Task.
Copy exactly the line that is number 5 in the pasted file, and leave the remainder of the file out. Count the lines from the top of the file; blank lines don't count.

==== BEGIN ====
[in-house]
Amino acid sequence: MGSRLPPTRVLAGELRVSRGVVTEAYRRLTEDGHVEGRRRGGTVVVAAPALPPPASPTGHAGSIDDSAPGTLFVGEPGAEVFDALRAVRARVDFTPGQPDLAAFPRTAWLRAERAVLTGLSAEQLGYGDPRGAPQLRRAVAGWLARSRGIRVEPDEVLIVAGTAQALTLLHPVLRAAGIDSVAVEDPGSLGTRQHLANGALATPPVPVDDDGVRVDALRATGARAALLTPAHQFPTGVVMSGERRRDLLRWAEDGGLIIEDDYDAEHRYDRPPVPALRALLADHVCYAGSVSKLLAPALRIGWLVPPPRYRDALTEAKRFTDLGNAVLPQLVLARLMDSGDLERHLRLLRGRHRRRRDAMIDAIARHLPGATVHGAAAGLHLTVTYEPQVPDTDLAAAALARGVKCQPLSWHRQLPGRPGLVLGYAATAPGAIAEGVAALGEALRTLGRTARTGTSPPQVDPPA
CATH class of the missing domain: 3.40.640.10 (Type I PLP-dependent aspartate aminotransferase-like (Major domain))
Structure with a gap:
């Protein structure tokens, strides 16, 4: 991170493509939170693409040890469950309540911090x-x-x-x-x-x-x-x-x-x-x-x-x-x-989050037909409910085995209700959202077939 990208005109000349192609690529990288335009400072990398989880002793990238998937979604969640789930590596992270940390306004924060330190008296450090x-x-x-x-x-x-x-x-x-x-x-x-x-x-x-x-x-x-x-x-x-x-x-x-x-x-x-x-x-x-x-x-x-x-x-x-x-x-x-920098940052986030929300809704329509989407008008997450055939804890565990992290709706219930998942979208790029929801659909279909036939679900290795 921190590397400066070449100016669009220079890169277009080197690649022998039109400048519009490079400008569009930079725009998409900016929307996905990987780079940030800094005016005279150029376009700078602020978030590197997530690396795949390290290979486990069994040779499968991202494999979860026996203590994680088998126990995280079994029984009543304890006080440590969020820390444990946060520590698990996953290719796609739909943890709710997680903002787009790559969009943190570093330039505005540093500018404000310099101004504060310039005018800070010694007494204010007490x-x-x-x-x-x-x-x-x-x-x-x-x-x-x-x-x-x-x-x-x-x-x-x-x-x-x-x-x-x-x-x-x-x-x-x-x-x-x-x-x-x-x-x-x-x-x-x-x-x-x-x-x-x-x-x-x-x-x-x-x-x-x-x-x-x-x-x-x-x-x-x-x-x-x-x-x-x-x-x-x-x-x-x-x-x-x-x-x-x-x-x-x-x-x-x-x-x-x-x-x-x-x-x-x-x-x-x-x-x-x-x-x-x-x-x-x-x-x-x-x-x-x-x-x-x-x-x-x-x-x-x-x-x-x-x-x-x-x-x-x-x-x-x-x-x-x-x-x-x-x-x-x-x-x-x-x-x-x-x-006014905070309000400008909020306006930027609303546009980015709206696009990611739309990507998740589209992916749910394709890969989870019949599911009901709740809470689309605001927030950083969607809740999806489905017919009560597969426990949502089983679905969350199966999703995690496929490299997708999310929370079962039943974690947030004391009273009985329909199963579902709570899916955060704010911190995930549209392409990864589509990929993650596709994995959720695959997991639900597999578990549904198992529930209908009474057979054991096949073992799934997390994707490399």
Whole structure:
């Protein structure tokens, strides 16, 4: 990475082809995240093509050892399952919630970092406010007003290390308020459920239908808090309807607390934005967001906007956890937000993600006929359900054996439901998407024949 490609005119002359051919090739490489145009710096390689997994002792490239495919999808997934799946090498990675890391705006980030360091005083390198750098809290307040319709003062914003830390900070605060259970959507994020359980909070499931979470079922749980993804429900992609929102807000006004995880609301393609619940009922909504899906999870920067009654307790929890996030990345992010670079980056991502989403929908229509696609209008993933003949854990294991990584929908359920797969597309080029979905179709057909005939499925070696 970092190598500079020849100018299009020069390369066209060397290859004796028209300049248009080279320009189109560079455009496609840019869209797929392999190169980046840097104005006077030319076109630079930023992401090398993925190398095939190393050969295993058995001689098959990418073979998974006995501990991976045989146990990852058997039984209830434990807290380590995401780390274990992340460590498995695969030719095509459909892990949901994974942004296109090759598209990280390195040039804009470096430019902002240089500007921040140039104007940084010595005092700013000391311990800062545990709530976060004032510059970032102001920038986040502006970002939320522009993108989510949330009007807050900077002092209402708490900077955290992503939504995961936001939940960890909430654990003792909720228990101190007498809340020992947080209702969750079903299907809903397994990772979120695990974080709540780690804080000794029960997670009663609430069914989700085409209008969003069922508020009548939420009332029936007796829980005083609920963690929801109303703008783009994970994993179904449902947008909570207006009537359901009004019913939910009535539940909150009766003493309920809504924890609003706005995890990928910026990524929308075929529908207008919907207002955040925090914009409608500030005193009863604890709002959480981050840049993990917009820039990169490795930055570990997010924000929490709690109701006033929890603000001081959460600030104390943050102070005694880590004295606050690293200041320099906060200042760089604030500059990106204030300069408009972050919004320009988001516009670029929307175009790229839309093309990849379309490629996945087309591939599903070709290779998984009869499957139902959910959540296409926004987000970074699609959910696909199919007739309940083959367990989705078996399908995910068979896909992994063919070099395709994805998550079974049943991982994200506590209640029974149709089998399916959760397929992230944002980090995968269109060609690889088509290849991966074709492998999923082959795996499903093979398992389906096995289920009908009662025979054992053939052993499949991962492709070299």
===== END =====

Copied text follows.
């Protein structure tokens, strides 16, 4: 991170493509939170693409040890469950309540911090x-x-x-x-x-x-x-x-x-x-x-x-x-x-989050037909409910085995209700959202077939 990208005109000349192609690529990288335009400072990398989880002793990238998937979604969640789930590596992270940390306004924060330190008296450090x-x-x-x-x-x-x-x-x-x-x-x-x-x-x-x-x-x-x-x-x-x-x-x-x-x-x-x-x-x-x-x-x-x-x-x-x-x-x-920098940052986030929300809704329509989407008008997450055939804890565990992290709706219930998942979208790029929801659909279909036939679900290795 921190590397400066070449100016669009220079890169277009080197690649022998039109400048519009490079400008569009930079725009998409900016929307996905990987780079940030800094005016005279150029376009700078602020978030590197997530690396795949390290290979486990069994040779499968991202494999979860026996203590994680088998126990995280079994029984009543304890006080440590969020820390444990946060520590698990996953290719796609739909943890709710997680903002787009790559969009943190570093330039505005540093500018404000310099101004504060310039005018800070010694007494204010007490x-x-x-x-x-x-x-x-x-x-x-x-x-x-x-x-x-x-x-x-x-x-x-x-x-x-x-x-x-x-x-x-x-x-x-x-x-x-x-x-x-x-x-x-x-x-x-x-x-x-x-x-x-x-x-x-x-x-x-x-x-x-x-x-x-x-x-x-x-x-x-x-x-x-x-x-x-x-x-x-x-x-x-x-x-x-x-x-x-x-x-x-x-x-x-x-x-x-x-x-x-x-x-x-x-x-x-x-x-x-x-x-x-x-x-x-x-x-x-x-x-x-x-x-x-x-x-x-x-x-x-x-x-x-x-x-x-x-x-x-x-x-x-x-x-x-x-x-x-x-x-x-x-x-x-x-x-x-x-x-006014905070309000400008909020306006930027609303546009980015709206696009990611739309990507998740589209992916749910394709890969989870019949599911009901709740809470689309605001927030950083969607809740999806489905017919009560597969426990949502089983679905969350199966999703995690496929490299997708999310929370079962039943974690947030004391009273009985329909199963579902709570899916955060704010911190995930549209392409990864589509990929993650596709994995959720695959997991639900597999578990549904198992529930209908009474057979054991096949073992799934997390994707490399």